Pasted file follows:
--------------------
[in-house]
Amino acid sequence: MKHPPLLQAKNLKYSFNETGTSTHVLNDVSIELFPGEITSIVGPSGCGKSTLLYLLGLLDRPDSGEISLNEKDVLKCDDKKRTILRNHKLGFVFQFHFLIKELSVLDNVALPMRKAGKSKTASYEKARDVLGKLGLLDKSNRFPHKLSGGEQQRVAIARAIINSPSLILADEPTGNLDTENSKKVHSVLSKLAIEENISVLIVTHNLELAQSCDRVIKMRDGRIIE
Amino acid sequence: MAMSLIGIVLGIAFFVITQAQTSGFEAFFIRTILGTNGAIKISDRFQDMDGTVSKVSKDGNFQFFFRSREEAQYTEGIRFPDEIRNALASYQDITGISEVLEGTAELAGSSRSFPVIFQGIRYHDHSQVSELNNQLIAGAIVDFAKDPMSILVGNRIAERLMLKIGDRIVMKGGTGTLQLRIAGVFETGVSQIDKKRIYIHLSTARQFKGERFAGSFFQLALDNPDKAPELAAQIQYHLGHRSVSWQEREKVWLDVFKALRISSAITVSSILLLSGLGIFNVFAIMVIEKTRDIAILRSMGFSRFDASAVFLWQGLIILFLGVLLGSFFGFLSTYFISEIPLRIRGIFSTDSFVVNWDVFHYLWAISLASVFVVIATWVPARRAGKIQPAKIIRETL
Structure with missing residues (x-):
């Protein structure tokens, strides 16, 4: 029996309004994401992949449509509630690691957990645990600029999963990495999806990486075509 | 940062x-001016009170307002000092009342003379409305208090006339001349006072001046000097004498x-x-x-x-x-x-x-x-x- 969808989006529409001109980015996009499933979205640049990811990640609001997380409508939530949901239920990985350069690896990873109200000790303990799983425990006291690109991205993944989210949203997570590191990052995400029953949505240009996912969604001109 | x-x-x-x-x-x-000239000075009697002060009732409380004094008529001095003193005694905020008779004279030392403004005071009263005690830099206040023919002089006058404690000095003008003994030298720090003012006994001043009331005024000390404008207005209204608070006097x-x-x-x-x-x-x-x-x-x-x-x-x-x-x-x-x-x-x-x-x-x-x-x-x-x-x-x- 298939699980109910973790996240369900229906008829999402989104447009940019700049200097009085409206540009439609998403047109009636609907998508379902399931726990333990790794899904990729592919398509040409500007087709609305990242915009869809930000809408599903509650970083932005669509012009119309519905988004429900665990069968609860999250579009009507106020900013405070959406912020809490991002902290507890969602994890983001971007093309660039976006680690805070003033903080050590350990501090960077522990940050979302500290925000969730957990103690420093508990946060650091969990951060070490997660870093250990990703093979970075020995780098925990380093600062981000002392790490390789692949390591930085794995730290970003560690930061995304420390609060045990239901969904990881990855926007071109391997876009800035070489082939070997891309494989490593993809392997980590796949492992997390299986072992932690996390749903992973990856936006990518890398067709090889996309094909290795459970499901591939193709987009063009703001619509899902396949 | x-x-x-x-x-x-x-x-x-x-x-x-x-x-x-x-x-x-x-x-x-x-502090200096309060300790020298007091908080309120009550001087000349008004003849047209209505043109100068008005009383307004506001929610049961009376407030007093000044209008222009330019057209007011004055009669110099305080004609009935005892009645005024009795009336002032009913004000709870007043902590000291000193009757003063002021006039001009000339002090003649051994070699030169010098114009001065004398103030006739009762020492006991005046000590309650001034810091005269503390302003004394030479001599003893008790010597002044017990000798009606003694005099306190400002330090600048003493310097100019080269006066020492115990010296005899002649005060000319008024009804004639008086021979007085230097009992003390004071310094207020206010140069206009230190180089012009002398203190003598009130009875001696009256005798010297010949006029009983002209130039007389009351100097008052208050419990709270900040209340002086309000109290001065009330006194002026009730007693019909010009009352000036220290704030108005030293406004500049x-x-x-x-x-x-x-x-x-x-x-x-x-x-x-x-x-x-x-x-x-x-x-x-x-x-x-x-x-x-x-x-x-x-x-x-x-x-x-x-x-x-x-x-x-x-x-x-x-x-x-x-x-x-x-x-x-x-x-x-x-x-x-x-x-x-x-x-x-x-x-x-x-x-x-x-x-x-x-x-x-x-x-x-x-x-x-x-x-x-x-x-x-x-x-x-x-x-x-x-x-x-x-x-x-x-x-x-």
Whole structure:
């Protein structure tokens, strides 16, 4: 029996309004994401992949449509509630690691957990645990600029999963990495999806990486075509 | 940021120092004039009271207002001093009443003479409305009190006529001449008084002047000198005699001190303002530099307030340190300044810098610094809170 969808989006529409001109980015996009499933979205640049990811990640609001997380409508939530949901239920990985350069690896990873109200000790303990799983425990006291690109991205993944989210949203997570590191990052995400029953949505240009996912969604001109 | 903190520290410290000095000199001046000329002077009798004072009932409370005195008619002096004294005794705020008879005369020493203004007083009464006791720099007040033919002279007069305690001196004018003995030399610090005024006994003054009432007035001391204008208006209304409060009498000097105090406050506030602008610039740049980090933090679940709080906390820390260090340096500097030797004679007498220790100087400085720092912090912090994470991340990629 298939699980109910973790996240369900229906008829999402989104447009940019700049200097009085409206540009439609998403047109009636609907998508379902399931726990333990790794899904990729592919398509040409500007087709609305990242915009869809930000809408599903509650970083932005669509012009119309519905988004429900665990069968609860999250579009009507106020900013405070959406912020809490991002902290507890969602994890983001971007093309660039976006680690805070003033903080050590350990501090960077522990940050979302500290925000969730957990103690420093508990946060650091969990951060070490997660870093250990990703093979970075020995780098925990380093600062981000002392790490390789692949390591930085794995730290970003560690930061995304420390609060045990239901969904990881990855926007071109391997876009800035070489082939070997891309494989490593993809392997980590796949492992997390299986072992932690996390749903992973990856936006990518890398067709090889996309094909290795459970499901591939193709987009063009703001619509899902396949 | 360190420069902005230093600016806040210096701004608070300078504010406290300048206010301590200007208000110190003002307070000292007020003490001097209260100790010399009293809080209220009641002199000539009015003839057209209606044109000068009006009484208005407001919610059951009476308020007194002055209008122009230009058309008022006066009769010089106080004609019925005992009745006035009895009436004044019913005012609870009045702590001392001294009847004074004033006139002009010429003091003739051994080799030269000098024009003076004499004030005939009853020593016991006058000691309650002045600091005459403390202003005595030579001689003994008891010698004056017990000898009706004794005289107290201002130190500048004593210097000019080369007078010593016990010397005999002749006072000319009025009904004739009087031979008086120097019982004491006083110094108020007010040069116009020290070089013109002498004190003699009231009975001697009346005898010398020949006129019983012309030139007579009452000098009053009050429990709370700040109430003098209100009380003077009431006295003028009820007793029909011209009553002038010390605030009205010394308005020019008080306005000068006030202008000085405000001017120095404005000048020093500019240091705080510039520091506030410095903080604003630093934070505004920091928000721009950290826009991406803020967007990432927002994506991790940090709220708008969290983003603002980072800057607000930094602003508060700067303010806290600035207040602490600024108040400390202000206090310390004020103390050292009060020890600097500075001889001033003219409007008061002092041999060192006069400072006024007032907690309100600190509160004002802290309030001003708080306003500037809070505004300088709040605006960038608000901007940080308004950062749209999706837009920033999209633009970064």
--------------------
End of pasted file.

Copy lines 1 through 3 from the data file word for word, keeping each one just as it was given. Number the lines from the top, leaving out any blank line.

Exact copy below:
[in-house]
Amino acid sequence: MKHPPLLQAKNLKYSFNETGTSTHVLNDVSIELFPGEITSIVGPSGCGKSTLLYLLGLLDRPDSGEISLNEKDVLKCDDKKRTILRNHKLGFVFQFHFLIKELSVLDNVALPMRKAGKSKTASYEKARDVLGKLGLLDKSNRFPHKLSGGEQQRVAIARAIINSPSLILADEPTGNLDTENSKKVHSVLSKLAIEENISVLIVTHNLELAQSCDRVIKMRDGRIIE
Amino acid sequence: MAMSLIGIVLGIAFFVITQAQTSGFEAFFIRTILGTNGAIKISDRFQDMDGTVSKVSKDGNFQFFFRSREEAQYTEGIRFPDEIRNALASYQDITGISEVLEGTAELAGSSRSFPVIFQGIRYHDHSQVSELNNQLIAGAIVDFAKDPMSILVGNRIAERLMLKIGDRIVMKGGTGTLQLRIAGVFETGVSQIDKKRIYIHLSTARQFKGERFAGSFFQLALDNPDKAPELAAQIQYHLGHRSVSWQEREKVWLDVFKALRISSAITVSSILLLSGLGIFNVFAIMVIEKTRDIAILRSMGFSRFDASAVFLWQGLIILFLGVLLGSFFGFLSTYFISEIPLRIRGIFSTDSFVVNWDVFHYLWAISLASVFVVIATWVPARRAGKIQPAKIIRETL